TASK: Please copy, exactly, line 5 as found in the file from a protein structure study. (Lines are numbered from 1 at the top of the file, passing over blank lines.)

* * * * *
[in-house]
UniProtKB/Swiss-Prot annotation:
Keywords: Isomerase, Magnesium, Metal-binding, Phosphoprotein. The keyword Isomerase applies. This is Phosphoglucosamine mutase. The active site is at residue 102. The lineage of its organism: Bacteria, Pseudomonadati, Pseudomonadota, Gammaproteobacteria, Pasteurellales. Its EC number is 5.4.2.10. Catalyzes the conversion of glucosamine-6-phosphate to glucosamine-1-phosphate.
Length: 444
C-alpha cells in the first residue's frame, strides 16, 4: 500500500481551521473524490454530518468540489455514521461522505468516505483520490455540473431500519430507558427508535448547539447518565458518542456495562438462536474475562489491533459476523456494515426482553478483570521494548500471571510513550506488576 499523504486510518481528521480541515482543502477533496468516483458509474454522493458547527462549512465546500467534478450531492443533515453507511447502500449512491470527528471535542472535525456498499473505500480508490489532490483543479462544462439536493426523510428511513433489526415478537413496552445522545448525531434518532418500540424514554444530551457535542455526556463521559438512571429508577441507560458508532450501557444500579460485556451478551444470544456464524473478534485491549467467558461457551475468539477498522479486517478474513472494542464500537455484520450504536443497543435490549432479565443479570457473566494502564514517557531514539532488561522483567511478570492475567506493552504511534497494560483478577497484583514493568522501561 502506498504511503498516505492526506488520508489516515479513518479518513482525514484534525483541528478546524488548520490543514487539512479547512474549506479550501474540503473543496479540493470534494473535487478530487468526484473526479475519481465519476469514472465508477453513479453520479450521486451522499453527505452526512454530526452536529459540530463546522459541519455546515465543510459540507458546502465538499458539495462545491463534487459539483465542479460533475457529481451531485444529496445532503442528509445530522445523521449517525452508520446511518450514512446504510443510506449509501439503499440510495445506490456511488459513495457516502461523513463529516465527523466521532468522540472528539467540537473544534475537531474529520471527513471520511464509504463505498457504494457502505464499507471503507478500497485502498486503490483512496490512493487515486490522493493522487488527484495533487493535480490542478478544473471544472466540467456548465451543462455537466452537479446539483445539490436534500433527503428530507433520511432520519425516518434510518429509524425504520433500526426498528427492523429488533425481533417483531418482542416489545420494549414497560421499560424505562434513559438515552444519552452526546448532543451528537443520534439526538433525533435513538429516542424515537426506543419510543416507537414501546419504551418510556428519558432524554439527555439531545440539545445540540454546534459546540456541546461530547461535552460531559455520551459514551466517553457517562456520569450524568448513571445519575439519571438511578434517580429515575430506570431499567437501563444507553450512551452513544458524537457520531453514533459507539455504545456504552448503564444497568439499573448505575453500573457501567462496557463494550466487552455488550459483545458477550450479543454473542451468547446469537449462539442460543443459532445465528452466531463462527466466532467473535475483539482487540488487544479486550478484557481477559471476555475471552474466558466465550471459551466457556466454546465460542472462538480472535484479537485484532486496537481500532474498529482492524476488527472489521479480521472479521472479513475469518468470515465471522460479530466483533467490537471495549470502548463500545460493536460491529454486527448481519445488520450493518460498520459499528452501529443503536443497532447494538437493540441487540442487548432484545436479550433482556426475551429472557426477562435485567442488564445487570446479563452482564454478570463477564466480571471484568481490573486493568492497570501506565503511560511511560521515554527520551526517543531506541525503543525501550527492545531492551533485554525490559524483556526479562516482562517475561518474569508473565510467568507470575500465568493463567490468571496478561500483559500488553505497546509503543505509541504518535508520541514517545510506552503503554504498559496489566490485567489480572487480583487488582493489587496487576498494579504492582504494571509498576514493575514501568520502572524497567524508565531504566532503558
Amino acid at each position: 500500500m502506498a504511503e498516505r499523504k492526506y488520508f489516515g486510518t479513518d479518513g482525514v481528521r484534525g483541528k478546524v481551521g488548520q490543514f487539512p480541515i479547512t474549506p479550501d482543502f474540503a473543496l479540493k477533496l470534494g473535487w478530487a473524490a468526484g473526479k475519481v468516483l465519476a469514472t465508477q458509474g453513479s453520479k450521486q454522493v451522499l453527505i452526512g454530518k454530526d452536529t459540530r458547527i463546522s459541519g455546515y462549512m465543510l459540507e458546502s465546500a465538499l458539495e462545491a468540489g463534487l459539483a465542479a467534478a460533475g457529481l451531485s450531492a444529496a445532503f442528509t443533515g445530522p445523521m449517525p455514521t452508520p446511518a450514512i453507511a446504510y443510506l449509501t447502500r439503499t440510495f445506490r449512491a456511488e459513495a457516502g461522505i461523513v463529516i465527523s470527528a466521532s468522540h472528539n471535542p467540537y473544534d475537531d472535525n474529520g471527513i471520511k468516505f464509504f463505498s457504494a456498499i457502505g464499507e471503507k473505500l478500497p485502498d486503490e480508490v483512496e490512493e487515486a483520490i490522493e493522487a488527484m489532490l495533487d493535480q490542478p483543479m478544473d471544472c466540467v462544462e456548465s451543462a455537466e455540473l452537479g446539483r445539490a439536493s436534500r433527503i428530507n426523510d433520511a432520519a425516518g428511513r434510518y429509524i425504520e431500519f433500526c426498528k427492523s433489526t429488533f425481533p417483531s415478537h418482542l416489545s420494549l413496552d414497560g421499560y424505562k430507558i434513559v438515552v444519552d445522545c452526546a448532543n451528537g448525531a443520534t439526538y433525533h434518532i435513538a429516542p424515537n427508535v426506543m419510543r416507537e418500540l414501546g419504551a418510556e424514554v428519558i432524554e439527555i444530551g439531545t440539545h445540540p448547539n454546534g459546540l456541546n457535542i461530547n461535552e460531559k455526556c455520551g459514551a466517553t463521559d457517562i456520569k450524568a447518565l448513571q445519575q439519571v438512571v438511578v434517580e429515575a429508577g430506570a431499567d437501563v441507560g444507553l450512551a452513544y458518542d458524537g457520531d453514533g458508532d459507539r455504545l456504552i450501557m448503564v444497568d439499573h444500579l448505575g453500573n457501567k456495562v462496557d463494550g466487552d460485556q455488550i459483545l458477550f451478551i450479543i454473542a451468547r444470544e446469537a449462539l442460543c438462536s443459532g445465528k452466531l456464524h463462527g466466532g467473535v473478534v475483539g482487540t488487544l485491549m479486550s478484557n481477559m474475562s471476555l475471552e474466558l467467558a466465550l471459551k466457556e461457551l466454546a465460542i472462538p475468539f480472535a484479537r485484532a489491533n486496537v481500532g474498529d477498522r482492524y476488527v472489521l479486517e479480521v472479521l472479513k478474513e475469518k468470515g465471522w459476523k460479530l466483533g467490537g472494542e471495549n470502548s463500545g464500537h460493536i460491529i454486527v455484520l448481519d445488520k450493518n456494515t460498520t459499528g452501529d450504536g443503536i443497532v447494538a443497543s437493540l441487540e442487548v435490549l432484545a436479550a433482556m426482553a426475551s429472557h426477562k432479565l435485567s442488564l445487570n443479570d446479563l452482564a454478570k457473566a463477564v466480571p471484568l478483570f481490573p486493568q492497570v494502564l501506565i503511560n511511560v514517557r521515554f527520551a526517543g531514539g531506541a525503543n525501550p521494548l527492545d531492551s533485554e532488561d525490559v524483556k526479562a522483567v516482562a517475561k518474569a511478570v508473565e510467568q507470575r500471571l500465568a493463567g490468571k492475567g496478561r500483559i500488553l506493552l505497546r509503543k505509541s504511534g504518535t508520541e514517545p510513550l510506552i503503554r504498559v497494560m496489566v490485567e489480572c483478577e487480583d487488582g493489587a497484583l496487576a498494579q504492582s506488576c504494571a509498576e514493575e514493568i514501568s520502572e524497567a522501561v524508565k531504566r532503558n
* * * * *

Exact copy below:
C-alpha cells in the first residue's frame, strides 16, 4: 500500500481551521473524490454530518468540489455514521461522505468516505483520490455540473431500519430507558427508535448547539447518565458518542456495562438462536474475562489491533459476523456494515426482553478483570521494548500471571510513550506488576 499523504486510518481528521480541515482543502477533496468516483458509474454522493458547527462549512465546500467534478450531492443533515453507511447502500449512491470527528471535542472535525456498499473505500480508490489532490483543479462544462439536493426523510428511513433489526415478537413496552445522545448525531434518532418500540424514554444530551457535542455526556463521559438512571429508577441507560458508532450501557444500579460485556451478551444470544456464524473478534485491549467467558461457551475468539477498522479486517478474513472494542464500537455484520450504536443497543435490549432479565443479570457473566494502564514517557531514539532488561522483567511478570492475567506493552504511534497494560483478577497484583514493568522501561 502506498504511503498516505492526506488520508489516515479513518479518513482525514484534525483541528478546524488548520490543514487539512479547512474549506479550501474540503473543496479540493470534494473535487478530487468526484473526479475519481465519476469514472465508477453513479453520479450521486451522499453527505452526512454530526452536529459540530463546522459541519455546515465543510459540507458546502465538499458539495462545491463534487459539483465542479460533475457529481451531485444529496445532503442528509445530522445523521449517525452508520446511518450514512446504510443510506449509501439503499440510495445506490456511488459513495457516502461523513463529516465527523466521532468522540472528539467540537473544534475537531474529520471527513471520511464509504463505498457504494457502505464499507471503507478500497485502498486503490483512496490512493487515486490522493493522487488527484495533487493535480490542478478544473471544472466540467456548465451543462455537466452537479446539483445539490436534500433527503428530507433520511432520519425516518434510518429509524425504520433500526426498528427492523429488533425481533417483531418482542416489545420494549414497560421499560424505562434513559438515552444519552452526546448532543451528537443520534439526538433525533435513538429516542424515537426506543419510543416507537414501546419504551418510556428519558432524554439527555439531545440539545445540540454546534459546540456541546461530547461535552460531559455520551459514551466517553457517562456520569450524568448513571445519575439519571438511578434517580429515575430506570431499567437501563444507553450512551452513544458524537457520531453514533459507539455504545456504552448503564444497568439499573448505575453500573457501567462496557463494550466487552455488550459483545458477550450479543454473542451468547446469537449462539442460543443459532445465528452466531463462527466466532467473535475483539482487540488487544479486550478484557481477559471476555475471552474466558466465550471459551466457556466454546465460542472462538480472535484479537485484532486496537481500532474498529482492524476488527472489521479480521472479521472479513475469518468470515465471522460479530466483533467490537471495549470502548463500545460493536460491529454486527448481519445488520450493518460498520459499528452501529443503536443497532447494538437493540441487540442487548432484545436479550433482556426475551429472557426477562435485567442488564445487570446479563452482564454478570463477564466480571471484568481490573486493568492497570501506565503511560511511560521515554527520551526517543531506541525503543525501550527492545531492551533485554525490559524483556526479562516482562517475561518474569508473565510467568507470575500465568493463567490468571496478561500483559500488553505497546509503543505509541504518535508520541514517545510506552503503554504498559496489566490485567489480572487480583487488582493489587496487576498494579504492582504494571509498576514493575514501568520502572524497567524508565531504566532503558